While the court could take years to reach a verdict, it may seek to impose “provisional measures” as soon as this week. Those measures could include a symbolic — and largely unenforceable — request for Israel to cease its attacks while the court deliberates.

To do so, the court’s 17 judges must find it plausible that Israel has killed residents of Gaza with the deliberate goal of destroying Palestinians as a group, according to international legal experts.

Actions that can constitute genocide can “be features of a war without being genocide,” Professor Dill said. “So it is really imperative to show this intent.”

Israel’s cabinet decisions could prove more relevant in several months, when the court begins to assess the merits of the case. The judges will need to decide whether Israel had no other motive to kill Palestinians aside from genocide, the experts said.

But at the current “provisional measures” stage, the experts said, the judges need only be convinced of the plausibility of South Africa’s claim in order to instruct Israel to suspend its campaign.

South Africa has tried to prove genocidal intent by citing more than 50 comments and statements made since October by Israeli leaders, lawmakers, soldiers and commentators.

Those cited include Yoav Gallant, the Israeli defense minister, who said Israel was fighting “human animals”; Amichay Eliyahu, the minister for heritage, who suggested dropping a nuclear bomb on Gaza; the country’s mainly ceremonial president, Isaac Herzog, who described Palestinians as “an entire nation out there that is responsible”; and Ghassan Alian, the Israeli general who oversees the distribution of aid to Gaza.

Israel has also submitted to the court a handful of emails between military officers and aid workers that it says shows its efforts to supply Gaza with food, medicine and vaccinations. Were Israel intent on the wholesale destruction of Gaza’s Palestinian population, the Israelis argue, it would not be working with the U.N. to distribute lifesaving aid.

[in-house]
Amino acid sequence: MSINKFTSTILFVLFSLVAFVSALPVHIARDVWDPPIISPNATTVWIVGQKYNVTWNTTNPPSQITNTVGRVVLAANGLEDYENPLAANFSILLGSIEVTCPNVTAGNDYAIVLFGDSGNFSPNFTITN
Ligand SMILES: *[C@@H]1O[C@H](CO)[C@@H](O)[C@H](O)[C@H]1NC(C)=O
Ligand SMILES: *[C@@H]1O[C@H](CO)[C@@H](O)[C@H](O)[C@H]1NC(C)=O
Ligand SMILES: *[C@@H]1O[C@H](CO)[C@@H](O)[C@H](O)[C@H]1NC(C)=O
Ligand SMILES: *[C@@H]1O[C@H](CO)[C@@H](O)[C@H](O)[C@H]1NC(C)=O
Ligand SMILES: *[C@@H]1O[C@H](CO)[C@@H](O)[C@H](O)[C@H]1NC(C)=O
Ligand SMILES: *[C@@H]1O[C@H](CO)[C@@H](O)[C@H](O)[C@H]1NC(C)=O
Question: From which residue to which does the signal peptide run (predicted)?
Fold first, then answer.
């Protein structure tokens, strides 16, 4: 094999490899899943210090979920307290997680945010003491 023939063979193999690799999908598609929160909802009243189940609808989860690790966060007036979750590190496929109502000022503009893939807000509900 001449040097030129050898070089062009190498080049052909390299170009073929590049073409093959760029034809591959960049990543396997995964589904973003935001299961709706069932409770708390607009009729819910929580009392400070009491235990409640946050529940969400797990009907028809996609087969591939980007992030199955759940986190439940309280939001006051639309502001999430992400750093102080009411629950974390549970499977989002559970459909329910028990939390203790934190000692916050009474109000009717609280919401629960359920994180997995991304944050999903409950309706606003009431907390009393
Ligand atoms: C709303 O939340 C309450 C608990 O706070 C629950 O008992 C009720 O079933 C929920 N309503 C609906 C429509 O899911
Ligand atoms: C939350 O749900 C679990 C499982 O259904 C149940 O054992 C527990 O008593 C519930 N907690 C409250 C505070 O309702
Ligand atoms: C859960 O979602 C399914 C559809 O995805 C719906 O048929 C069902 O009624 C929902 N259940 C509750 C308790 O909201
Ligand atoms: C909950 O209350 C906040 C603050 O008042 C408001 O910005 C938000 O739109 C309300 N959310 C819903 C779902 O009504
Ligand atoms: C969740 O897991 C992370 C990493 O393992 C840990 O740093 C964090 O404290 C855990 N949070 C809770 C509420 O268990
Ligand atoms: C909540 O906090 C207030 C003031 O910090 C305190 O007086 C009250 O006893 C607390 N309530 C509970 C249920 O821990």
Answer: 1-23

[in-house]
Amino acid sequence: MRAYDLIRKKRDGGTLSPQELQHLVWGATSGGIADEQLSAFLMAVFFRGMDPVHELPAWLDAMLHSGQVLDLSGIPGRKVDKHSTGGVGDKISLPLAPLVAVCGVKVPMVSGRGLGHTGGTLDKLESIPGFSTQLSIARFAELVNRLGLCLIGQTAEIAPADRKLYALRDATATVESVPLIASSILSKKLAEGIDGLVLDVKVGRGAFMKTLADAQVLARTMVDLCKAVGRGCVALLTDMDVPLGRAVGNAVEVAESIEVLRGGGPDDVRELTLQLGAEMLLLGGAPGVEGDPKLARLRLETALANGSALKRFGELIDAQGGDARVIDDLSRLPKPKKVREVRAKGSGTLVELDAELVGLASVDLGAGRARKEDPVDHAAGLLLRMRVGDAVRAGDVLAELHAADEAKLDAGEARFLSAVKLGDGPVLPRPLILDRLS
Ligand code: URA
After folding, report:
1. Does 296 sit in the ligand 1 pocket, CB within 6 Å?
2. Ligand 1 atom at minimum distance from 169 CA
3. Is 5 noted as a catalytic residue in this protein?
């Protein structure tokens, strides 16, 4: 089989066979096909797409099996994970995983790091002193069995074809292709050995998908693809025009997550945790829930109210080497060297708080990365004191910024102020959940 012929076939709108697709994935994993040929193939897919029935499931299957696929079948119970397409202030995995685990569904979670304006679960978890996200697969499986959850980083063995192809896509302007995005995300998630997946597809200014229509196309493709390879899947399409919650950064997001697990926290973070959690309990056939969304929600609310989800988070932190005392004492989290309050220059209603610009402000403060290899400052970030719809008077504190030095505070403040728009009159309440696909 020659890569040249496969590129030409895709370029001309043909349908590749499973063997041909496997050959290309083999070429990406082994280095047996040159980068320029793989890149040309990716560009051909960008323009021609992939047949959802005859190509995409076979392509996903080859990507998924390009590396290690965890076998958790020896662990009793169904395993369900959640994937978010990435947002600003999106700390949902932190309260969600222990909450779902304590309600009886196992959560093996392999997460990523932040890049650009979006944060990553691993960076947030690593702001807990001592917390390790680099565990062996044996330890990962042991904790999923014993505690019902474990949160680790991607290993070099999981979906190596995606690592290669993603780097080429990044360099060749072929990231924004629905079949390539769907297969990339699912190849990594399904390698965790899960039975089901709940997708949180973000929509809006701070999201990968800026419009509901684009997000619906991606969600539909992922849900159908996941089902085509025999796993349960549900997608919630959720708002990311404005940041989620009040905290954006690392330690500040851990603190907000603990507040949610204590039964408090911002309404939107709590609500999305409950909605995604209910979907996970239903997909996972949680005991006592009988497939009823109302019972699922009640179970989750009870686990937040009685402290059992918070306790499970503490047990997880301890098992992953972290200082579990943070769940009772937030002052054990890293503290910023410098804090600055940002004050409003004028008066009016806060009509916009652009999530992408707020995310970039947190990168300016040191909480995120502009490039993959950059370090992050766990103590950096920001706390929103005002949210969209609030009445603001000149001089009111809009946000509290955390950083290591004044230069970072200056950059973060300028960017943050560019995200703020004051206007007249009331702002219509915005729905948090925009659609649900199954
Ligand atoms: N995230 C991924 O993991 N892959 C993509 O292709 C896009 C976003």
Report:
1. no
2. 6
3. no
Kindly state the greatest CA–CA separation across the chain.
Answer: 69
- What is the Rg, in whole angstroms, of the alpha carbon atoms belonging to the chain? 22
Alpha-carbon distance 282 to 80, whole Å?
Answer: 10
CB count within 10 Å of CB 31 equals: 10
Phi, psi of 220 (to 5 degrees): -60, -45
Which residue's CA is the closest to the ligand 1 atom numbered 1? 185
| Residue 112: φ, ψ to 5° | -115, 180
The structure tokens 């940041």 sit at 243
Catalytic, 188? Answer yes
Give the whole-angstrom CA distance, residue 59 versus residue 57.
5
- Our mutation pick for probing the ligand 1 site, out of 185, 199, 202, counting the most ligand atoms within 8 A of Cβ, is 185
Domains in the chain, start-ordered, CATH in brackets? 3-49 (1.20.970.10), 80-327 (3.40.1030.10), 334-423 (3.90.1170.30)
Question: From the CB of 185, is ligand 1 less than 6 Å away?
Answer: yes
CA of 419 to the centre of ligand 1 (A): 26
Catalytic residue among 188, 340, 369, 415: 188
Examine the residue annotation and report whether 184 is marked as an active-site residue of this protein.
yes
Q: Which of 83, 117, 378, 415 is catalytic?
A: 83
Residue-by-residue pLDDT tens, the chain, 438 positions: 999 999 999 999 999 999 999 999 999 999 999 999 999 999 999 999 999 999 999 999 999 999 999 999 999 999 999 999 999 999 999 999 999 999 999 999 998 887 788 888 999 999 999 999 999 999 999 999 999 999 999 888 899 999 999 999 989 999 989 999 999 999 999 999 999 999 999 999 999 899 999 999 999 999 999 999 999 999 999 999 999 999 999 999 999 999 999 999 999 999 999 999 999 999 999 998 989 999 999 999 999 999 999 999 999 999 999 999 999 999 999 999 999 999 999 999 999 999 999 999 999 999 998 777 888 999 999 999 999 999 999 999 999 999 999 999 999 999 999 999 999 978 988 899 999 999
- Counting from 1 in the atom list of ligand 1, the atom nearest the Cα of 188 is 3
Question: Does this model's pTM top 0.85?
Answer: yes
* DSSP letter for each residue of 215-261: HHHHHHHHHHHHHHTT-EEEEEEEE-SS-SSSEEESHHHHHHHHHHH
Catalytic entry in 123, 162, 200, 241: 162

One email, from a senior U.N. official to an Israeli officer overseeing aid distribution to Gaza, detailed an approved request to deliver solar-powered refrigerators to the territory to store vaccines and lab tests. A U.N. official confirmed the messages were authentic.

International legal experts said that the secret orders and emails provided important context, but that the court would regard them as one part of a wider picture.

Israel’s submission contained only a few of the decisions made by its cabinet and military leadership since October. The judges will need to assess whether or not the dossier tells the whole story of Israel’s plans, said William A. Schabas, an international law professor at Middlesex University, London, and the author of “Genocide in International Law.”

“When you’re trying to prove that you didn’t give an order to do something, obviously you’re going to show orders that indicate something else,” Professor Schabas said. “And if there is an order to do something or a plan to do it, you’re not going to provide that.”

Orders to provide sufficient humanitarian aid to Gaza would also need to be assessed against what Israel has actually allowed to happen on the ground, Professor Schabas said.

“Things that appear to be directed at sustaining life don’t necessarily disprove the opposite,” he said.

The United Nations, for example, recently accused Israel of blocking aid to north Gaza, a charge Israel denied. The U.N. has also warned of a looming famine amid food shortages and the collapse of Gaza’s health system.